Talk to the Veterans Crisis Line now
U.S. flag
An official website of the United States government

VA Health Systems Research

Go to the VA ORD website
Go to the QUERI website

HSR Citation Abstract

Search | Search by Center | Search by Source | Keywords in Title

Monitoring for metabolic side effects among outpatients with dementia receiving antipsychotics.

Mittal D, Li C, Viverito K, Williams JS, Landes RD, Thapa PB, Owen R. Monitoring for metabolic side effects among outpatients with dementia receiving antipsychotics. Psychiatric services (Washington, D.C.). 2014 Sep 1; 65(9):1147-53.

Dimensions for VA is a web-based tool available to VA staff that enables detailed searches of published research and research projects.

If you have VA-Intranet access, click here for more information

VA staff not currently on the VA network can access Dimensions by registering for an account using their VA email address.
   Search Dimensions for VA for this citation
* Don't have VA-internal network access or a VA email address? Try searching the free-to-the-public version of Dimensions


OBJECTIVE: This study examined monitoring for metabolic side effects among older outpatients with dementia starting a new antipsychotic. METHODS: In a retrospective cohort analysis of U.S. Department of Veterans Affairs data, monitoring, as recommended by the American Diabetes Association and the American Psychiatric Association, was examined between October 1, 2005, and September 30, 2011. The sample included outpatients aged = 60 years with dementia but without a psychotic disorder (N = 3,903) and outpatients with a psychotic disorder but without dementia (N = 5,779) who were prescribed a new antipsychotic. Because dementia patients differed from psychosis patients in all observed patient characteristics, especially age, metabolic monitoring of dementia patients was compared with a propensity score-matched sample of outpatients with psychosis (1,576 matched pairs). RESULTS: At baseline (±30 days from the index prescription), 68% of the matched dementia patients were weighed, compared with 63.7% of the matched psychosis patients (odds ratio [OR] = 1.28, 95% confidence interval [CI] = 1.03-1.48). Monitoring for glucose or glycosylated hemoglobin (HBA1c) and low-density lipoprotein (LDL) was not significantly different between the groups: glucose or HBA1c, 41% versus 44%; LDL, 24% versus 27%. At three months (±30 days), metabolic monitoring for all three parameters was significantly lower for the dementia group: weight, OR = .86, CI = .75-.99; glucose or HBA1c, OR = .83, CI = .71-.97; and LDL, OR = .69, CI = .57-.85. CONCLUSIONS: Monitoring rates for metabolic side effects were low for both dementia and psychosis groups, with lower rates for dementia patients at follow-up compared with matched psychosis patients. Quality improvement efforts are needed to improve monitoring, especially for patients with dementia.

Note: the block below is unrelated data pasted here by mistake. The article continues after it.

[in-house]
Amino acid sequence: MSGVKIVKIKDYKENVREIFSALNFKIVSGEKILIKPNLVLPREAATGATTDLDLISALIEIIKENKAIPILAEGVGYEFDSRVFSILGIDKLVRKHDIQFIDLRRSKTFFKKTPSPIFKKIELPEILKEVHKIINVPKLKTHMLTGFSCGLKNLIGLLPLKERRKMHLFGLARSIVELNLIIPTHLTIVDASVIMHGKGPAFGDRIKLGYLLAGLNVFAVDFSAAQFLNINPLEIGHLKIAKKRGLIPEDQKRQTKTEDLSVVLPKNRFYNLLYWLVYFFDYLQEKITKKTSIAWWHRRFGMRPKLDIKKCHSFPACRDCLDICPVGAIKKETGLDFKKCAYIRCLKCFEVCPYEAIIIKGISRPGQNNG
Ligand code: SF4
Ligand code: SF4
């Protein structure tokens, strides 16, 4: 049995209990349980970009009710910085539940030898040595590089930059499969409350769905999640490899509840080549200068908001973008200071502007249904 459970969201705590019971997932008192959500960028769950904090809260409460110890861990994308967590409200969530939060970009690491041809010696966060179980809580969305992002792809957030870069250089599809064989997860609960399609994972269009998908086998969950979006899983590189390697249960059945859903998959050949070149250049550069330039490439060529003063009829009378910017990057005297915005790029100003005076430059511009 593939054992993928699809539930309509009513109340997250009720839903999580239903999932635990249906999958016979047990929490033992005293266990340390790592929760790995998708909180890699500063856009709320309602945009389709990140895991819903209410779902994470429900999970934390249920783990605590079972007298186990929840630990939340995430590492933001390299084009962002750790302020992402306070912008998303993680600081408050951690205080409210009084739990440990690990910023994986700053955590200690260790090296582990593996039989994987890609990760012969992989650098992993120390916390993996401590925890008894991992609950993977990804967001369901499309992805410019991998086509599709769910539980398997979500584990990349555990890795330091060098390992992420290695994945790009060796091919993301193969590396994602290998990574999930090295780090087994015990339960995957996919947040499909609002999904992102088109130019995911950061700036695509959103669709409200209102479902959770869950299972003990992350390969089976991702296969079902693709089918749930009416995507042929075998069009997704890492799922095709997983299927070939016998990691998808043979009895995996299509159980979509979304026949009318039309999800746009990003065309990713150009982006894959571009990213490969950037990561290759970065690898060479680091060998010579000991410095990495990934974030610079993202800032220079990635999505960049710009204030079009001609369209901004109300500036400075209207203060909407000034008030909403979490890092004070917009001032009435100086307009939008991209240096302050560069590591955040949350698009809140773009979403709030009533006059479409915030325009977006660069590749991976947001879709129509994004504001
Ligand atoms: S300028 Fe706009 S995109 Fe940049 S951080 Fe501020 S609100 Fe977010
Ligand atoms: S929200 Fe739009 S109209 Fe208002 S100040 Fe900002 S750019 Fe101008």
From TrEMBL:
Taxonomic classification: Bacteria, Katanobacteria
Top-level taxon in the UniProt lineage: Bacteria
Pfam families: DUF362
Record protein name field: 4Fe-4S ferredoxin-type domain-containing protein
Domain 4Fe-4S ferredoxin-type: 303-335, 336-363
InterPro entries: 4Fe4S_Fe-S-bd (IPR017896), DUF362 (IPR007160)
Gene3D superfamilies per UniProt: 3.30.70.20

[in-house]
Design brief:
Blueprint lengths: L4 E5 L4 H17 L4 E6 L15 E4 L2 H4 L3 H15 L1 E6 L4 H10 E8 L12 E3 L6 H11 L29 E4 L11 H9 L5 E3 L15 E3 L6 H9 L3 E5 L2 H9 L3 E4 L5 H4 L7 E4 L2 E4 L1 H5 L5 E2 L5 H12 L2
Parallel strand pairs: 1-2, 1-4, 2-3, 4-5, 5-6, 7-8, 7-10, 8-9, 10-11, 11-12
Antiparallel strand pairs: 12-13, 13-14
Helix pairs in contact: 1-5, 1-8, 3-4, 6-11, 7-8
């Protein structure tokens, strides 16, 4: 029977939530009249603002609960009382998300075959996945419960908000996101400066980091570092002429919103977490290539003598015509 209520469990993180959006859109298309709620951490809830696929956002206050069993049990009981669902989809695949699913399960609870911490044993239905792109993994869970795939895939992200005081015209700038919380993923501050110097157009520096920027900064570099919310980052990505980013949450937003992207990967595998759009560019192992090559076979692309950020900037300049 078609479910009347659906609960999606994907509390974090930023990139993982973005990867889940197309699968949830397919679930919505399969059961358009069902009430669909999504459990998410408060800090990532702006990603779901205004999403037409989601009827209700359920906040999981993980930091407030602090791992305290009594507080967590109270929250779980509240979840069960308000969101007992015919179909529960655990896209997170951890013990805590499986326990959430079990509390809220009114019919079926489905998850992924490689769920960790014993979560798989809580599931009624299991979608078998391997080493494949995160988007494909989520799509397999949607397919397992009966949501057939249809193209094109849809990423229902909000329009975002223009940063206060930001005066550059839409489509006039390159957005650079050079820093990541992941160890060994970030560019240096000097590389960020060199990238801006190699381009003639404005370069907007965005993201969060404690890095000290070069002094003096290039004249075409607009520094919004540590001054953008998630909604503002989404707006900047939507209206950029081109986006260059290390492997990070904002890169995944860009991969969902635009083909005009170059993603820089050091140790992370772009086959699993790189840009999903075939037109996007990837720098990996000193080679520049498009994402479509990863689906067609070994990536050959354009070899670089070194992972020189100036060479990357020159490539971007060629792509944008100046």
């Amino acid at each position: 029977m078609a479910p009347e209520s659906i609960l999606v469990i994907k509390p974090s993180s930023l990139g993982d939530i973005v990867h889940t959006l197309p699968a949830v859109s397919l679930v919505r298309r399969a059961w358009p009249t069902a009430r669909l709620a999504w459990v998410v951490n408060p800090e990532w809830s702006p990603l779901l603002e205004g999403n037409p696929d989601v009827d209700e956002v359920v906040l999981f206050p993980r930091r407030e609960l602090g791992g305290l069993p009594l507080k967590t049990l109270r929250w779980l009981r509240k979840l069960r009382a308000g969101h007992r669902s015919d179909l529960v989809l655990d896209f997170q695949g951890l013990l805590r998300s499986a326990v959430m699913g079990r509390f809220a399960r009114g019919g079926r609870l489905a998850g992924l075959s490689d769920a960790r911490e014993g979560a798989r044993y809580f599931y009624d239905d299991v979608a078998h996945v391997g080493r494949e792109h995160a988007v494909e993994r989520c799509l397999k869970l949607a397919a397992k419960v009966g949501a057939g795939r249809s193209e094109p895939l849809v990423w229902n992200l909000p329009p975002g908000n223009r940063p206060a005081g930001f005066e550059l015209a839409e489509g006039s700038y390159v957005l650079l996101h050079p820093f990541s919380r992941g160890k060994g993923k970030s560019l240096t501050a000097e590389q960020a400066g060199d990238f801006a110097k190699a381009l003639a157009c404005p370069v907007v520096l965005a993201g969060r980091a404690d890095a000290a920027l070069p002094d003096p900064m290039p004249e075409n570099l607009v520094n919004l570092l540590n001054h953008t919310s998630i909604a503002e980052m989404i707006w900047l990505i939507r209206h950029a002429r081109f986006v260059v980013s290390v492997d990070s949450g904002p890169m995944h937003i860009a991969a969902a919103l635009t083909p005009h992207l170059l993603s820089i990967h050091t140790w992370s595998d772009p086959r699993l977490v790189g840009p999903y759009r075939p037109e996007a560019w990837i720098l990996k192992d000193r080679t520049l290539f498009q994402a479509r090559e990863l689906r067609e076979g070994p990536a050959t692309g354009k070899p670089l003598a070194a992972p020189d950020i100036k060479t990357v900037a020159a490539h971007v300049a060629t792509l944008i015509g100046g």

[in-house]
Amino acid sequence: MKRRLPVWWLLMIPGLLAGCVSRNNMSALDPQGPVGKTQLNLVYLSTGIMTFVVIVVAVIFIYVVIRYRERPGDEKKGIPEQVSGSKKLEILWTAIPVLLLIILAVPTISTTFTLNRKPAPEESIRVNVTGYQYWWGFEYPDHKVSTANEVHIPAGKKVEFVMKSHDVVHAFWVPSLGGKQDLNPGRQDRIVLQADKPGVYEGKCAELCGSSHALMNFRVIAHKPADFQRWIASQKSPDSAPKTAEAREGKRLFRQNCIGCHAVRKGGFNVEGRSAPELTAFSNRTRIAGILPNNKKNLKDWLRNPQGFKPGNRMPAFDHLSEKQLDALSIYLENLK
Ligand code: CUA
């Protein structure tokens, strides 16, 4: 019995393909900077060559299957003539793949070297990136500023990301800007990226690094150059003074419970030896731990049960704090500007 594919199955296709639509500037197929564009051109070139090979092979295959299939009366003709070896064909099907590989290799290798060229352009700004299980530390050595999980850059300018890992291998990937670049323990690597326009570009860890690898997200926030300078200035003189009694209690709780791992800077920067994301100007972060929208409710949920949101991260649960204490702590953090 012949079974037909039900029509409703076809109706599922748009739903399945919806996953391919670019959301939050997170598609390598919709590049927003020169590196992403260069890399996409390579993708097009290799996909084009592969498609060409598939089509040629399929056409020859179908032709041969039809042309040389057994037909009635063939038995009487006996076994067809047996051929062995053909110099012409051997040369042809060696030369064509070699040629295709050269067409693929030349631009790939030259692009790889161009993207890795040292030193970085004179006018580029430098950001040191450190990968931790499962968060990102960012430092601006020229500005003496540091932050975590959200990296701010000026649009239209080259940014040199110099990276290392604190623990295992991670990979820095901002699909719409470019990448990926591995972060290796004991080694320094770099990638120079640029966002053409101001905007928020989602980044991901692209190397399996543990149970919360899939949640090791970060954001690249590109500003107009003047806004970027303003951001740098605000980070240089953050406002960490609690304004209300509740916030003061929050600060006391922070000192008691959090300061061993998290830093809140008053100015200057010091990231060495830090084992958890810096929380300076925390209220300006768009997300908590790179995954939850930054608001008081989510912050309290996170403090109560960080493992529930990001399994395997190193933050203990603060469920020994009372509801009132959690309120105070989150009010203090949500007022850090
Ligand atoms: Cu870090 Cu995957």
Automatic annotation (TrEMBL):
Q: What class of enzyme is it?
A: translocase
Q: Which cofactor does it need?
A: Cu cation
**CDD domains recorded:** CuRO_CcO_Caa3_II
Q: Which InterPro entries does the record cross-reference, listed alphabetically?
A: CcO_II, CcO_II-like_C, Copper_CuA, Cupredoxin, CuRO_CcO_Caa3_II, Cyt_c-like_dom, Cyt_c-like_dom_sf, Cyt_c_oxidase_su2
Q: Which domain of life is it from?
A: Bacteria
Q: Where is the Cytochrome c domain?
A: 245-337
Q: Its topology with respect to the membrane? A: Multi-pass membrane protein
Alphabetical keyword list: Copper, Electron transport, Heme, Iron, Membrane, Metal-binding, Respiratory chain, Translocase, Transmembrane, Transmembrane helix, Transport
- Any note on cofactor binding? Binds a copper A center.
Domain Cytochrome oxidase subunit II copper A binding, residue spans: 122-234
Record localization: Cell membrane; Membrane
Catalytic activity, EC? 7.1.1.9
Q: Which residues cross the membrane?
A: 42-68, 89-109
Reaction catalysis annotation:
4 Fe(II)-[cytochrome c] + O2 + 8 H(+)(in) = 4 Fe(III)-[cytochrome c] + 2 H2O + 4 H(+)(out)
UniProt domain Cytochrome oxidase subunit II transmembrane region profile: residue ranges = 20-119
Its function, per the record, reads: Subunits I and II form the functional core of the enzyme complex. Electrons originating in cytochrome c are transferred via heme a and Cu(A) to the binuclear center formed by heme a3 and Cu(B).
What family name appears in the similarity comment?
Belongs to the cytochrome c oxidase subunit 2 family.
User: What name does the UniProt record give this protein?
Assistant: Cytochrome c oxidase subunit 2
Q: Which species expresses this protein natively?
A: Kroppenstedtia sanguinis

Questions about the HSR website? Email the Web Team

Any health information on this website is strictly for informational purposes and is not intended as medical advice. It should not be used to diagnose or treat any condition.